“According to the U.S. Energy Information Agency, CO2 emissions are at 20-year lows, thanks in large part to natural gas development. In Pennsylvania, specifically, the updated GP-5 permit reduces emissions from compressor stations by 75 to 90 percent.”
Residents seek answers
It’s not uncommon to hear residents at township meetings complain of a “rotten egg” smell, difficulty breathing and gas flarings that release black smoke into the air.
Gniadek and his wife, Sabine, never received a definitive answer as to what transpired that day in December. Gniadek lives directly across from the Trax Farm well site operated by EQT that he said has caused him and his neighbors grief in the past.
Gniadek and others on Cardox Road were offered $50,000 from the company to resolve claims involving the gas company’s operations, including damages, annoyance, inconvenience, nuisance and pain and suffering. Gniadek said he believes it was an effort to silence them.
Gniadek refused the money, and he and his wife continue to monitor and document the air conditions along their road. A video, taken by his wife, shows black smoke coming from the well site last month.
At a January township meeting, EQT officials said their next rig would be a dual natural gas rig that would run on 70 to 80 percent natural gas, fitted with a catalyst unit, to reduce emissions.
Gary Baumgardner, who also lives on Cardox Road and has an air monitor, said the smell of diesel fuel has been most problematic.
“In the middle of winter, it got into our house where it was so bad that I called the fire department, and they wanted to put fans in our house and open the windows and (air out) our house,” he said.
Residents living near the MarkWest natural gas processing plant in Chartiers Township also have complained of “routine” flarings that release thick black smoke into the sky.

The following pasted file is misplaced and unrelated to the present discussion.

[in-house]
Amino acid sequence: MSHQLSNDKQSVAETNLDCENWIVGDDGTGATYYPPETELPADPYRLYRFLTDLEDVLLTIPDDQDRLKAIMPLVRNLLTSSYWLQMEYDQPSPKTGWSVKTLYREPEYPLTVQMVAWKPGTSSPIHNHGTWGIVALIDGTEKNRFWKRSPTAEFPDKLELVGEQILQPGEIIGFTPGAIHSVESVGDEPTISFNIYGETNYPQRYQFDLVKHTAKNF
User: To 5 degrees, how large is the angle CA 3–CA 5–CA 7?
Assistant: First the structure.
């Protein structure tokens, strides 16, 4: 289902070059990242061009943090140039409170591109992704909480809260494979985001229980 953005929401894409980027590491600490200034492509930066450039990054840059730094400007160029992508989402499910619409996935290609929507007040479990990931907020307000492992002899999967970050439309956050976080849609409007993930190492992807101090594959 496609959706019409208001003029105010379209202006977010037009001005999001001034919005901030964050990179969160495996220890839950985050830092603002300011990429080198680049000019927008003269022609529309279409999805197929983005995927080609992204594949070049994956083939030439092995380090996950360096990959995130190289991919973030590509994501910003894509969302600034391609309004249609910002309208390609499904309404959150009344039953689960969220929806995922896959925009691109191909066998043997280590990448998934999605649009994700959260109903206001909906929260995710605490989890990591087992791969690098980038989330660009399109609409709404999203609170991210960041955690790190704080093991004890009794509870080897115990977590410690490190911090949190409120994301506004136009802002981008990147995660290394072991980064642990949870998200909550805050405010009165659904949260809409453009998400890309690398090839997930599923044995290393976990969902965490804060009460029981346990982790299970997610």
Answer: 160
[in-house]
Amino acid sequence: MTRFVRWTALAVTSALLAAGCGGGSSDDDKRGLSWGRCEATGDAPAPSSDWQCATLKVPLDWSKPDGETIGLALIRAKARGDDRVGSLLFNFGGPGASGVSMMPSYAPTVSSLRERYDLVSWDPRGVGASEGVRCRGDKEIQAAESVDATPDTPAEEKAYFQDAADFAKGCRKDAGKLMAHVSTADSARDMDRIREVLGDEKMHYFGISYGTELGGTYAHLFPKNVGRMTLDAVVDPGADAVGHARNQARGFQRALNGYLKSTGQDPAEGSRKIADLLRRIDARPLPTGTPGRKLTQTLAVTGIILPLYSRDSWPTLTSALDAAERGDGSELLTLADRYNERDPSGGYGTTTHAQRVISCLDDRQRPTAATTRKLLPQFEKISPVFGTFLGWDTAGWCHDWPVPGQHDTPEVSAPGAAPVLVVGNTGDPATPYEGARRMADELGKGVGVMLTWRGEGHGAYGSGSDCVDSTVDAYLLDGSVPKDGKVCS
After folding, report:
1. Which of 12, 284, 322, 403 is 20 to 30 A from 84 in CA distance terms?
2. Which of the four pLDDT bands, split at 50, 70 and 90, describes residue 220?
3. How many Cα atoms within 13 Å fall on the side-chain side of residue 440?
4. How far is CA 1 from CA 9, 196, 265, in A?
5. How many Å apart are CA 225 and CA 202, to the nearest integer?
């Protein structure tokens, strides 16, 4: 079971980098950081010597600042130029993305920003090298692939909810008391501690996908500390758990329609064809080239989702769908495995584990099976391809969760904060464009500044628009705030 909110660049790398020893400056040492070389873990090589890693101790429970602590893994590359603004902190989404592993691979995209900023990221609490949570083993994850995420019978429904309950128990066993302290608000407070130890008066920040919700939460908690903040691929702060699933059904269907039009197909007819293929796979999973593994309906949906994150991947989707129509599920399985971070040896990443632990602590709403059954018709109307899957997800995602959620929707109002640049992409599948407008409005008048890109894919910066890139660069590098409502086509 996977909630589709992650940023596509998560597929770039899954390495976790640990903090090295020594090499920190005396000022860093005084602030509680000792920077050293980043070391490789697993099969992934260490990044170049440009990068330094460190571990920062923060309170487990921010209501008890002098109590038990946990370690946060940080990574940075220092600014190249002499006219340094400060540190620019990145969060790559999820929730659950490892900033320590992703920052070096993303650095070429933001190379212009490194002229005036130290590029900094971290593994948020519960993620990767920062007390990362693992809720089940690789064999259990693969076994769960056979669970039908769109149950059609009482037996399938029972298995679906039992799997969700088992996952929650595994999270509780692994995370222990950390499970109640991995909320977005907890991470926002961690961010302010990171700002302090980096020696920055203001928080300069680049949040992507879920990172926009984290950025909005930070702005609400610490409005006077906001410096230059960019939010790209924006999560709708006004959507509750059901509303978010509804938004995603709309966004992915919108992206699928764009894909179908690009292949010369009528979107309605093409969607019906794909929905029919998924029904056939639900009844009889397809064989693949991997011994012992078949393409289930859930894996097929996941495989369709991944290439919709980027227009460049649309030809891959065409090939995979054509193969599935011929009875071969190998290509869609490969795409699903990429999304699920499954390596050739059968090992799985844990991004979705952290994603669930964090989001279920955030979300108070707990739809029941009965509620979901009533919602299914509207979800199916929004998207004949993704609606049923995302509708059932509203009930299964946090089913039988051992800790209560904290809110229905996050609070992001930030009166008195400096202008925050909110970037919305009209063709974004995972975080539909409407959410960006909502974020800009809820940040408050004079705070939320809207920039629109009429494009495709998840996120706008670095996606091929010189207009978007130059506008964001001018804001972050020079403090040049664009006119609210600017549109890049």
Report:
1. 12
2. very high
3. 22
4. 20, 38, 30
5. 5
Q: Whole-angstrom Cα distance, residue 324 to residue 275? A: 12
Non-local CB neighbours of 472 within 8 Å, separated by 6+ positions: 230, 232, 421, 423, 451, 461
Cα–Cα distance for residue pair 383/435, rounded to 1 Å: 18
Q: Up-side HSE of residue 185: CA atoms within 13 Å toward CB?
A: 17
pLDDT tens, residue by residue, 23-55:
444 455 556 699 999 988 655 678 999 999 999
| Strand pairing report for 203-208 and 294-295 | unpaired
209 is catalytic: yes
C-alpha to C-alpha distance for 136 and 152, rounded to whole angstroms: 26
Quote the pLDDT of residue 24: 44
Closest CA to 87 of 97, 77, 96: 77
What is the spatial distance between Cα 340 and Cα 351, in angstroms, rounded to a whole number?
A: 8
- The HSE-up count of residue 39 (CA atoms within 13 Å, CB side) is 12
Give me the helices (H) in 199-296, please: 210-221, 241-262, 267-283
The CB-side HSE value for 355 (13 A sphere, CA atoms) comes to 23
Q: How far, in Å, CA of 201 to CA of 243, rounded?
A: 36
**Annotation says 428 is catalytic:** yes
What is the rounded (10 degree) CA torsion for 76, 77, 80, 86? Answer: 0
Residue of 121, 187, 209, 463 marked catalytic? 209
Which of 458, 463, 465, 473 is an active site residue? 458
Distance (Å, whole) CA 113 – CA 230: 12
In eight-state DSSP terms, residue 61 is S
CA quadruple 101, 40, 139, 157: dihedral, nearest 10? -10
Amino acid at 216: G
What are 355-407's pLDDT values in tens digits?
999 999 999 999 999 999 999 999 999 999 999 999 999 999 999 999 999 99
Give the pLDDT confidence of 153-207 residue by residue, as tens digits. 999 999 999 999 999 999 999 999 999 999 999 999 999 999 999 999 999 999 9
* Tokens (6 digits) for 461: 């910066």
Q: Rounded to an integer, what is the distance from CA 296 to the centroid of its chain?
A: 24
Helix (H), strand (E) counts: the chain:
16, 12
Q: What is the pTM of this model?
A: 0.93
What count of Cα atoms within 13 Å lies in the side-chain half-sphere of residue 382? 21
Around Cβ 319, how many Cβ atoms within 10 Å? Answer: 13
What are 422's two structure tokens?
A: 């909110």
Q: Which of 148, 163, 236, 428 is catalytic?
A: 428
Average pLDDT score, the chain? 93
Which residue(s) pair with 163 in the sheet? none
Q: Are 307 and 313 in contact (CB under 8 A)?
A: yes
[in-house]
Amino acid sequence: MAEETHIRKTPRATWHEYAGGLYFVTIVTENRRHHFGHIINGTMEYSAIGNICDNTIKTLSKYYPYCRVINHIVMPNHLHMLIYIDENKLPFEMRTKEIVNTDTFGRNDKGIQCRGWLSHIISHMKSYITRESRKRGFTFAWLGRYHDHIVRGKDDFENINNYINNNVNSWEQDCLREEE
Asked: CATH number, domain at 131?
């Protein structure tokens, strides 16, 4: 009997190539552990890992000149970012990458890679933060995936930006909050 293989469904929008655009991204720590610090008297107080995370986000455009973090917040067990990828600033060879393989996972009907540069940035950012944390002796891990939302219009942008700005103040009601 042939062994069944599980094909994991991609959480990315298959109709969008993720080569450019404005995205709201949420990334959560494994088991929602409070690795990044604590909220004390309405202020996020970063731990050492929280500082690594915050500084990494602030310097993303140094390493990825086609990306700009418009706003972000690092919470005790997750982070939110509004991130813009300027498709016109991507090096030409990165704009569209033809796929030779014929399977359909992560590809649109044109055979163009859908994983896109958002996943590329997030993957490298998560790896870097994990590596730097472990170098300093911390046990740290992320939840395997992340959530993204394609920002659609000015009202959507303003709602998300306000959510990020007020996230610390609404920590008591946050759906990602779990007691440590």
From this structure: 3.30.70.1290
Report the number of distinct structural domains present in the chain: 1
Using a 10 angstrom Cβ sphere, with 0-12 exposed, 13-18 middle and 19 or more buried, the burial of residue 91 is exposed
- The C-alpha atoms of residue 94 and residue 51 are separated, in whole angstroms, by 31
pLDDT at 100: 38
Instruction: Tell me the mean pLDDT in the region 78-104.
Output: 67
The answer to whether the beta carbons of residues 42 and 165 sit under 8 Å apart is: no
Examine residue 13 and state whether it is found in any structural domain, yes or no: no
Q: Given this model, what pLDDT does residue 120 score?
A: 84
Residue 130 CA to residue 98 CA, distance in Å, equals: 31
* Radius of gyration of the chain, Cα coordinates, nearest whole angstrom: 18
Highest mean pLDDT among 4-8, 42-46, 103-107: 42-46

Dan Bykens, who lives next to a MarkWest compressor station, went to the hospital last week because of respiratory problems and said he was recently diagnosed with asthma.
“Everyone out here seems to be having more issues than in the past,” Bykens said, but he acknowledged he can’t prove his health problems are directly related to industry activity.
His daughter, Hayley Martin, also has an air monitor in her home, located next to Allison Park Elementary School.
Martin’s air monitor results just came back, and she said a string of spikes appeared in the results for last week, culminating in a spike of 23,653 particulates the day before her father was hospitalized. She said nearby road construction could be a factor, but many spikes occurred late at night when road work was halted.
“I can’t tell you that’s the direct result (of industry activity),” Martin said. “I can’t tell you, the doctor can’t tell you, but it’s kind of weird.”
Future of the project
The Environmental Health Project recently set up a new protocol in conjunction with Yale University to study the air quality during emergency situations, such as the incident in May when lightning struck the MarkWest plant and caused a gas leak.
Grode said the group will temporarily install air monitors capable of measuring smaller particles – volatile organic compounds – near industry sites during incidents such as leaks or explosions. The results will then be taken to a lab for analysis.
“Whenever there’s an event, we’ll try to get out as soon as we can and get those monitors out,” Grode said.
The group also plans to continue its Speck air monitor program, focusing primarily on Southwestern Pennsylvania, even though the group has received many requests to expand.
“We’ve had a lot of requests actually, all over the United States – Colorado and Louisiana,” Grode said. “There’s a lot of states that are contacting us, asking what we’re doing and how we’re doing it, trying to start their own health organization. It’s exciting for us to be part of something like this.”